@Cyborgx37 thanks to guide me in a correct directions! +1 to your comment! –  Arup Rakshit Jan 16 '13 at 20:32

2 Answers 2

up vote 4 down vote accepted

\z matches the end of the input. You are trying to find a match where 4 occurs at the end of the input. Problem is, there is a newline at the end of the input, so you don't find a match. \Z matches either the end of the input or a newline at the end of the input.

So:

/\d\z/

matches the "4" in:

"24"

and:

/\d\Z/

matches the "4" in the above example and the "4" in:

"24\n"

Check out this question for example of using \G:
Examples of regex matcher \G (The end of the previous match) in Java would be nice


UPDATE: Real-World uses for \G

I came up with a more real world example. Say you have a list of words that are separated by arbitrary characters that cannot be well predicted (or there's too many possibilities to list). You'd like to match these words where each word is its own match up until a particular word, after which you don't want to match any more words. For example:

foo,bar.baz:buz'fuzz*hoo-har/haz|fil^bil!bak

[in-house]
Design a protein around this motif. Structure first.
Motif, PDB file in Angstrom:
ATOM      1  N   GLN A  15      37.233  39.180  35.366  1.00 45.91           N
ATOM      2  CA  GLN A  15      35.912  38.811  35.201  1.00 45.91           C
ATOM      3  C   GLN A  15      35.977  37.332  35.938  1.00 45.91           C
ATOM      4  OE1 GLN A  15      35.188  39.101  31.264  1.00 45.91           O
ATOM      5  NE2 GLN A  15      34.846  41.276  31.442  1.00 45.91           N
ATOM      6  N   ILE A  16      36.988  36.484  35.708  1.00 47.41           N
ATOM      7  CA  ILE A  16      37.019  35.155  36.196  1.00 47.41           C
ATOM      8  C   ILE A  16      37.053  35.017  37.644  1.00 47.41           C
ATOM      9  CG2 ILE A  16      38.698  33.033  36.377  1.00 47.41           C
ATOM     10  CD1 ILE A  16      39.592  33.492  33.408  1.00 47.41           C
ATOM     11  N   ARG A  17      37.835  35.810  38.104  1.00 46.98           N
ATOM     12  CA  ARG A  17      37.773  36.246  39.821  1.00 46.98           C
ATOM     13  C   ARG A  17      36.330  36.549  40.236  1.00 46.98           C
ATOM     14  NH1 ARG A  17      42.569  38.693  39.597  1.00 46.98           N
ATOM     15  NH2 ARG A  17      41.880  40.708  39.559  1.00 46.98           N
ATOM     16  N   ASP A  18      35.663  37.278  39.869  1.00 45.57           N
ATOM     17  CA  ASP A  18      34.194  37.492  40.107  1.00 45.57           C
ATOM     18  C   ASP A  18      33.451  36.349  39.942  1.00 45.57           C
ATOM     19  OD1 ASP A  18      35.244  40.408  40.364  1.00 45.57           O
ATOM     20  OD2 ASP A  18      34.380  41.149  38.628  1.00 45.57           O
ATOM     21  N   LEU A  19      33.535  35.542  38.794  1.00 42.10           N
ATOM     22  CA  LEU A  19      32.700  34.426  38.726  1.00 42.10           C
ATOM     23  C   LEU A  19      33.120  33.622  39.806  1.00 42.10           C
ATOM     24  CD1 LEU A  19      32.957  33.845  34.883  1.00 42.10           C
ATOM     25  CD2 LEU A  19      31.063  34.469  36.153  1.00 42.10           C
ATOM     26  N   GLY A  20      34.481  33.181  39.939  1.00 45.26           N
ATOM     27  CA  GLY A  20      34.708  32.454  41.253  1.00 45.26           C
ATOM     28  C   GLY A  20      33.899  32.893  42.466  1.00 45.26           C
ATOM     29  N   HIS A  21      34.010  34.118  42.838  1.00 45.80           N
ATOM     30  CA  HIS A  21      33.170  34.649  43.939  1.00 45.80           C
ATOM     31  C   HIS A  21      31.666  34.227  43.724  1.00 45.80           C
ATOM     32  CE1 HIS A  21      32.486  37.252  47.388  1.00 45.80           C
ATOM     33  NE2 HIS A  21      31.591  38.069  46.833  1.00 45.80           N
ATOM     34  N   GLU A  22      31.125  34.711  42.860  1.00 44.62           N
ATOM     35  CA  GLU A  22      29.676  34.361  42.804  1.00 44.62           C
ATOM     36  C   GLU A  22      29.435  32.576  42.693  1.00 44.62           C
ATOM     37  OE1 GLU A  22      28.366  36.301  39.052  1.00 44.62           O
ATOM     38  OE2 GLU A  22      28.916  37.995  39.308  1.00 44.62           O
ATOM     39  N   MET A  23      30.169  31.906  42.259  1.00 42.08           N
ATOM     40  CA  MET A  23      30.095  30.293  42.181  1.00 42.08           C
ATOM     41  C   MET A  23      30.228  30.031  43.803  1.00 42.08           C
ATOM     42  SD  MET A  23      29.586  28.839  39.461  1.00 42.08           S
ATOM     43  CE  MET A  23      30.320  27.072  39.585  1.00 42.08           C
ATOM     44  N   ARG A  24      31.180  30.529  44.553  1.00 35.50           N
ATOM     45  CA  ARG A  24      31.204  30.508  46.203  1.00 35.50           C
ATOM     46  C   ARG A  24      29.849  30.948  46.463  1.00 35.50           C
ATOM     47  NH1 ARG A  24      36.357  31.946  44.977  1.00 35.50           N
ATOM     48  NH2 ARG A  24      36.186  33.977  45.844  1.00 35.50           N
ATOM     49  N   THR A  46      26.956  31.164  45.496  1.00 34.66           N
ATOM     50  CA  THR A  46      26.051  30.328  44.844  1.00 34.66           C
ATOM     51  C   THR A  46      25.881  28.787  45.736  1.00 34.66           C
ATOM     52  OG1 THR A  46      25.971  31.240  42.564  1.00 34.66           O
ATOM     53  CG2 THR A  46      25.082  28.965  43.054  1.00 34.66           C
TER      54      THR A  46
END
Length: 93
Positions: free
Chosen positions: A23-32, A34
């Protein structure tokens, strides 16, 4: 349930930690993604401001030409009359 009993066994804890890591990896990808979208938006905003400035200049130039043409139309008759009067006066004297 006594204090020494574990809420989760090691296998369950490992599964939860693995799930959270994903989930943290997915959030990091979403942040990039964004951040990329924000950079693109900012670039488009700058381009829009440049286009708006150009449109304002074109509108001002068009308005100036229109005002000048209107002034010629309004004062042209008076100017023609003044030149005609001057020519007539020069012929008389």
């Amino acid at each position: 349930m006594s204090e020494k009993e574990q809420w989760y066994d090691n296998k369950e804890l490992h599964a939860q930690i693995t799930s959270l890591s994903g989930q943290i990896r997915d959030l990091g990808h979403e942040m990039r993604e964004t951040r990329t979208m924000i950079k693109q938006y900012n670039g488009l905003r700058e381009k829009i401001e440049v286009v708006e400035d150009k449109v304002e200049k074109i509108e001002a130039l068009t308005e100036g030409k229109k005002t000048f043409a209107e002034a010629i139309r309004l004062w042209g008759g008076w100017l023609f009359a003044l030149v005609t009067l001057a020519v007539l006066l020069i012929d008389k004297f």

You want to match each word until 'har'. You don't want to match 'har' or any of the words that follow. You can do this relatively easily using the following pattern:

/(?<=^|\G\W)\w+\b(?<!har)/

rubular

The first attempt will match the beginning of the input followed by zero non-word character followed by 3 word characters ('foo') followed by a word boundary. Finally, a negative lookbehind assures that the word which has just been matched is not 'har'.

On the second attempt, matching picks back up at the end of the last match. 1 non-word character is matched (',' - though it is not captured due to the lookbehind, which is a zero-width assertion), followed by 3 characters ('bar').

This continues until 'har' is matched, at which point the negative lookbehind is triggered and the match fails. Because all matches are supposed to be "attached" to the last successful match, no additional words will be matched.

The result is:

foo
bar
baz
buz
fuzz
hoo